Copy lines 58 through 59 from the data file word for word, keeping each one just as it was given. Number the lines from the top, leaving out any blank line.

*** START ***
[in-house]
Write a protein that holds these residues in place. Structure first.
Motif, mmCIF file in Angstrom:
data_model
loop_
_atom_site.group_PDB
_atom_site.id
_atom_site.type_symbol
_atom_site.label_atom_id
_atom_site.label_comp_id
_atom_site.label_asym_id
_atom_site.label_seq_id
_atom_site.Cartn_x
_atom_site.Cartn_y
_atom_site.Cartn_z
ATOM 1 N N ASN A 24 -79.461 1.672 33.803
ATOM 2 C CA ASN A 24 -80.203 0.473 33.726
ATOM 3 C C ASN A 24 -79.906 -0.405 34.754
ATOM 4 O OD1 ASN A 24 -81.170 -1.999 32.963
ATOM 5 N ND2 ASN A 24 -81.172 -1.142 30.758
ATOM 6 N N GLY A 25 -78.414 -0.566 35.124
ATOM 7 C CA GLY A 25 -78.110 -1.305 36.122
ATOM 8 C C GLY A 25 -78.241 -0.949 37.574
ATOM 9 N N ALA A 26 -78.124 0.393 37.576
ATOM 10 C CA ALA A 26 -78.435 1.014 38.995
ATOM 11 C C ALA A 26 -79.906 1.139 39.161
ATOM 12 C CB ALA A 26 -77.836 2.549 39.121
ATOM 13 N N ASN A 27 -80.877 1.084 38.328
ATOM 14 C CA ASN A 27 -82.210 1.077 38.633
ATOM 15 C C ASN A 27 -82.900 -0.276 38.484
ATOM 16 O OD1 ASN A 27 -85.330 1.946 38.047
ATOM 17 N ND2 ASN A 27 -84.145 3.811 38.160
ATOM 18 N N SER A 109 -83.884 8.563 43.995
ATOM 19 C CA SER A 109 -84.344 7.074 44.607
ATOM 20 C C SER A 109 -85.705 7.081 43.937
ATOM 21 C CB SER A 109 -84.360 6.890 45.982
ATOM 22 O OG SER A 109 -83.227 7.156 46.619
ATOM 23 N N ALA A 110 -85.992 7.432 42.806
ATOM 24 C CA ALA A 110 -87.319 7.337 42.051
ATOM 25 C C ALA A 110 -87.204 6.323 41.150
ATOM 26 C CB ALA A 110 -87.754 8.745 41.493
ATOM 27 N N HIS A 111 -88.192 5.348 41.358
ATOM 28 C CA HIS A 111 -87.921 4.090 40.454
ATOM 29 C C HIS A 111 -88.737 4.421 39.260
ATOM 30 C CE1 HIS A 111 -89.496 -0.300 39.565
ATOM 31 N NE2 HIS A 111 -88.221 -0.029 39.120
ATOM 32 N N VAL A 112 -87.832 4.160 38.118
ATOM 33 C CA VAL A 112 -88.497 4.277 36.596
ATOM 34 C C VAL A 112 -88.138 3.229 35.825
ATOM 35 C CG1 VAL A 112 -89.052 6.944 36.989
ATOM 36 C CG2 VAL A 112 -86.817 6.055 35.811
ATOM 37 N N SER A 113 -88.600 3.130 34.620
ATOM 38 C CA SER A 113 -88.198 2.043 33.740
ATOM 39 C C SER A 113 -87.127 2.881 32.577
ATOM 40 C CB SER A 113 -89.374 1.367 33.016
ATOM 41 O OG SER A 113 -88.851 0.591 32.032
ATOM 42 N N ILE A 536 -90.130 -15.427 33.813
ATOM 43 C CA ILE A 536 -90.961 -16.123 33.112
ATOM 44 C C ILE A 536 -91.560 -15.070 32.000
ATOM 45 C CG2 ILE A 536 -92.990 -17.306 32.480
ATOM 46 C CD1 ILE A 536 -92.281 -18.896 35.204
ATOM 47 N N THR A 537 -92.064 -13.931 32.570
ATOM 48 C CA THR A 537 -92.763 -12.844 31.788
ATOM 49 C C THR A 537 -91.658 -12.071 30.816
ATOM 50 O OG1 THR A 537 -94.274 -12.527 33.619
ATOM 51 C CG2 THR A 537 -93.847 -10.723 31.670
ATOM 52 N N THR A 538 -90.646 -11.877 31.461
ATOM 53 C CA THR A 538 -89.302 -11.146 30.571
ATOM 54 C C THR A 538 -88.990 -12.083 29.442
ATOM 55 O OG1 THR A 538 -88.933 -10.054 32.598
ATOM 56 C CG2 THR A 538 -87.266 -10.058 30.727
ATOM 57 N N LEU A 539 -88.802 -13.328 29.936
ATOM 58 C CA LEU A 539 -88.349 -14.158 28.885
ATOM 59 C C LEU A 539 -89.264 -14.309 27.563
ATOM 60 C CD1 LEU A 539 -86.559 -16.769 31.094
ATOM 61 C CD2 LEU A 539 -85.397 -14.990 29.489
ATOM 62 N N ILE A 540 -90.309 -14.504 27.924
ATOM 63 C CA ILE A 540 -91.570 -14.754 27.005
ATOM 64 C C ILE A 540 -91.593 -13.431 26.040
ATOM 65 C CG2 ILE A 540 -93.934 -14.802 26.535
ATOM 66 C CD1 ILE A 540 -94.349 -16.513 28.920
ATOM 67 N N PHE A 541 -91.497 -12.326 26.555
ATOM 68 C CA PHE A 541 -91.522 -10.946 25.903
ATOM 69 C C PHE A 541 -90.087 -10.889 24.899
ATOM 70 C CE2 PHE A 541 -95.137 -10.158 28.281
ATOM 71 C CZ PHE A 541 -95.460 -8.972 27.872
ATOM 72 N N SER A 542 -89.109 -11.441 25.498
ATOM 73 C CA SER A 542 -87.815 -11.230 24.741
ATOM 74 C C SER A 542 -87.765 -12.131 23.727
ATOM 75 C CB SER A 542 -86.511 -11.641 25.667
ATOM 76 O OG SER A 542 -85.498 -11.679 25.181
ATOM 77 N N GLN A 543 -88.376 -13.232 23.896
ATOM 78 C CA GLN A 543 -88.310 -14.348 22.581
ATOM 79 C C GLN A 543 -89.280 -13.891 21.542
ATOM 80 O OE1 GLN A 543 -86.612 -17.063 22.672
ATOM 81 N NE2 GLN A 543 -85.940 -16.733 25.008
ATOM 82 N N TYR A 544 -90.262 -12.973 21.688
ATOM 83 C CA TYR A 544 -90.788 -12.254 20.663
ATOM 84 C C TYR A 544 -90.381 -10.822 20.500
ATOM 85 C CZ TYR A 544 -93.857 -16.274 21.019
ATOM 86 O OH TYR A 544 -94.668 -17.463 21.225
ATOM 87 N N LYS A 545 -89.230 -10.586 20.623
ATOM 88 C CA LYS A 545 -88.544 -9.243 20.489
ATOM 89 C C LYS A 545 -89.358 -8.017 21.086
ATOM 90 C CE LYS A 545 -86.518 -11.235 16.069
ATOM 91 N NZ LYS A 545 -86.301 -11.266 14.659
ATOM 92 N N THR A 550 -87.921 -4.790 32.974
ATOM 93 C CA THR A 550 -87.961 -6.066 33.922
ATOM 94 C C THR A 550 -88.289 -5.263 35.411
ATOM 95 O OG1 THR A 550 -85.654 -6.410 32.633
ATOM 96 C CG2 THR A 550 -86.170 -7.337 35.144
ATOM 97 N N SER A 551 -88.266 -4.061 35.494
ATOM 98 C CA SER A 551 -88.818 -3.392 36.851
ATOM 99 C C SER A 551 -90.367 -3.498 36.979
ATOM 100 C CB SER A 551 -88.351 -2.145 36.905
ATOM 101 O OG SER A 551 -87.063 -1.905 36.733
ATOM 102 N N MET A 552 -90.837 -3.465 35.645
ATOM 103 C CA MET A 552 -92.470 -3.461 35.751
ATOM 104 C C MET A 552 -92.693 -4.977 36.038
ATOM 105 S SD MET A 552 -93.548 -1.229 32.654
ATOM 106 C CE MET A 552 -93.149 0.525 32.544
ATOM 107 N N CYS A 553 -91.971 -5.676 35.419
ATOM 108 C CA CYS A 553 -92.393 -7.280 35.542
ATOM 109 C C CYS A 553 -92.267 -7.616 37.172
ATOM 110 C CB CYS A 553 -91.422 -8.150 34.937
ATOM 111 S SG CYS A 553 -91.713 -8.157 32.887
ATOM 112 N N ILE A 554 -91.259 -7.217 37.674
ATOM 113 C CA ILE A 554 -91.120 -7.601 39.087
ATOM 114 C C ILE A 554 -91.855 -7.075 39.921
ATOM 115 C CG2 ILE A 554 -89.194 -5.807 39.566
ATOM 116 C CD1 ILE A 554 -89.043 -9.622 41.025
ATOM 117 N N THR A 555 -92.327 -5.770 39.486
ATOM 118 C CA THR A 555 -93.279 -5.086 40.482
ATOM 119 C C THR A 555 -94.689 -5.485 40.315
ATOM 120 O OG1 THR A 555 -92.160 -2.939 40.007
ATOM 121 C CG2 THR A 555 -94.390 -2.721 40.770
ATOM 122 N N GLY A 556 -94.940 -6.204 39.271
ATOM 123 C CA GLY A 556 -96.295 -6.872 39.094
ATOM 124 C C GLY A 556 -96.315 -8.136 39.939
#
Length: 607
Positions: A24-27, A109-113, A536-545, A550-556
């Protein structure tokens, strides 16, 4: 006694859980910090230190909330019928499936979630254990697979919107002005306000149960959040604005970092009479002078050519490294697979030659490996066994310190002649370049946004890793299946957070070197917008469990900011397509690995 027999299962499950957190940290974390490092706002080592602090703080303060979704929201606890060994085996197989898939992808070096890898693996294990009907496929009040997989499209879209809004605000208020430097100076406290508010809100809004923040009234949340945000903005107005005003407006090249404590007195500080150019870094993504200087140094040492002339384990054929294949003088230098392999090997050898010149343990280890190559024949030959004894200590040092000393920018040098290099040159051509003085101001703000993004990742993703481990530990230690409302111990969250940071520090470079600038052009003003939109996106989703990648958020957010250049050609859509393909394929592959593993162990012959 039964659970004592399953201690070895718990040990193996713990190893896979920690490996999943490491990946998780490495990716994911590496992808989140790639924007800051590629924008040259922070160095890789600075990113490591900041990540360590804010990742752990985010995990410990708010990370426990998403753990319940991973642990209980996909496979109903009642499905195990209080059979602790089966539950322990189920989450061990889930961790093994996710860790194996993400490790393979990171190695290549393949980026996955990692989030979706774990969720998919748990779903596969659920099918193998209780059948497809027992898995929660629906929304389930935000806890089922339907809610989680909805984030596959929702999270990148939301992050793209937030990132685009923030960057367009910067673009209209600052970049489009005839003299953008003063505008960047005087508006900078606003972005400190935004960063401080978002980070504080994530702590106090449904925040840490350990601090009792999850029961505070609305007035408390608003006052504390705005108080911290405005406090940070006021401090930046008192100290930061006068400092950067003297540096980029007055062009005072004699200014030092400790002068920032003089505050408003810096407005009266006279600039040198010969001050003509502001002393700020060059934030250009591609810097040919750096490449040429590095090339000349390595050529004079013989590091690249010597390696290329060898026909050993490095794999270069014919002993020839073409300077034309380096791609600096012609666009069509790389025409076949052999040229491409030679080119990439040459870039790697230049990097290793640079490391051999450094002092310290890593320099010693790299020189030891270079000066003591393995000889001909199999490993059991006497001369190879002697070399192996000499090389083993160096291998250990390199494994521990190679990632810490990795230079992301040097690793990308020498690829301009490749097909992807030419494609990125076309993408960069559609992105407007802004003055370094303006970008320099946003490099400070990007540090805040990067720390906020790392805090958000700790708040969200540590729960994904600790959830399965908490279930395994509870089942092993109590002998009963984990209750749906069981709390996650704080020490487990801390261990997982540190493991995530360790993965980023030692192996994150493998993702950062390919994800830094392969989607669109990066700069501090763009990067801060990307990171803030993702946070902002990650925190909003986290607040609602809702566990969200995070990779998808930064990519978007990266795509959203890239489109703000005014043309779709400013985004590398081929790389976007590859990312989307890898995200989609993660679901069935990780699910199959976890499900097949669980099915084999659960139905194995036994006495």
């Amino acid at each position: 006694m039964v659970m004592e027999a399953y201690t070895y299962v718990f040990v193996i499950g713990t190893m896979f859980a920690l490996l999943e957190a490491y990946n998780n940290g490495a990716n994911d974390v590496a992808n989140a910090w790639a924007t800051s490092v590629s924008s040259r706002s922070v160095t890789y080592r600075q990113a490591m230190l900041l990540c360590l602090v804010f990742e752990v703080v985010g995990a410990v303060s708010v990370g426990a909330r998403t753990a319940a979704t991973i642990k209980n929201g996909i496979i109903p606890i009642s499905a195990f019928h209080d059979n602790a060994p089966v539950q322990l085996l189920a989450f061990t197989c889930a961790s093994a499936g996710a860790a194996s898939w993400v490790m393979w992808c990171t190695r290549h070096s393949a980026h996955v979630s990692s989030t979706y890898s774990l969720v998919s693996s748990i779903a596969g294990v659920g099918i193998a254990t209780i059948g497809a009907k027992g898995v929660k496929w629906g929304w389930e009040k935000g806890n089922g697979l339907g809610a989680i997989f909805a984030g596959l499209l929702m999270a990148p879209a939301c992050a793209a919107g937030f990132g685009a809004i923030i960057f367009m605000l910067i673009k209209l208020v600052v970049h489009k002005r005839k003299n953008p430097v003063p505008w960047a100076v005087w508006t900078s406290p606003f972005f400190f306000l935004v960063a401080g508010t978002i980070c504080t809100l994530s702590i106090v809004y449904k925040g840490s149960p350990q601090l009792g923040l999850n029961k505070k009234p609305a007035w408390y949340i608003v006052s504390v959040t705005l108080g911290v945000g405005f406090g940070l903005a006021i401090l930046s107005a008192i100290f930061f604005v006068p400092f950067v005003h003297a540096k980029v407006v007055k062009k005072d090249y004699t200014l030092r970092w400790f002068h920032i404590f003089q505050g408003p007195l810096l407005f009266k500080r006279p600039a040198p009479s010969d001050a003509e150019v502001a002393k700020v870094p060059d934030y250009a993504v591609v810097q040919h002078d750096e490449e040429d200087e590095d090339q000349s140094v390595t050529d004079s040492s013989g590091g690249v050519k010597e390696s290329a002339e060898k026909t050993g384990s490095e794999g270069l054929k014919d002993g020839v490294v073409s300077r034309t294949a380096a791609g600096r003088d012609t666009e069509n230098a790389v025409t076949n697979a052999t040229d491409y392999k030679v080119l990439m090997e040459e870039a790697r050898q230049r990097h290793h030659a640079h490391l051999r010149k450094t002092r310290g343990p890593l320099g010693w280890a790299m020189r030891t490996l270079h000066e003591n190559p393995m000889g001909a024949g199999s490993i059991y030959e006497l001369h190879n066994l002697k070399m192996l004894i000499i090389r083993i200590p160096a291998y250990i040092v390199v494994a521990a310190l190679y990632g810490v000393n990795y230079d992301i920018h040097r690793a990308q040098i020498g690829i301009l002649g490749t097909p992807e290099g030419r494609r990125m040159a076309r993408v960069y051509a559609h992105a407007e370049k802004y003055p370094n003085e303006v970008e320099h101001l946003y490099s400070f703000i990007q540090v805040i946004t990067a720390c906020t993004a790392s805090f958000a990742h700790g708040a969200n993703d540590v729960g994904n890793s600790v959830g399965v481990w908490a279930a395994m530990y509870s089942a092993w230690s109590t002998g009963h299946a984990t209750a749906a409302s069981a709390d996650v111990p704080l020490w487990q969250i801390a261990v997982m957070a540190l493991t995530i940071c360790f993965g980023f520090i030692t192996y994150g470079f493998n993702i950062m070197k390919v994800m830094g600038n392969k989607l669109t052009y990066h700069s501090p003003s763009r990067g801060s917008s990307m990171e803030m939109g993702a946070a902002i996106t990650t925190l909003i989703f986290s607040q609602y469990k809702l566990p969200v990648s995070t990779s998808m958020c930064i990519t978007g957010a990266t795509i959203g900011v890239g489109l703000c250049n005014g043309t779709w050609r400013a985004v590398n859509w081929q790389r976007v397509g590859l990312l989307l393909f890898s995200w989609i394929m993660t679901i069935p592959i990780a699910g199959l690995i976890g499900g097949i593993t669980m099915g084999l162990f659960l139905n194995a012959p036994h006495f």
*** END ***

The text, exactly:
ATOM 43 C CA ILE A 536 -90.961 -16.123 33.112
ATOM 44 C C ILE A 536 -91.560 -15.070 32.000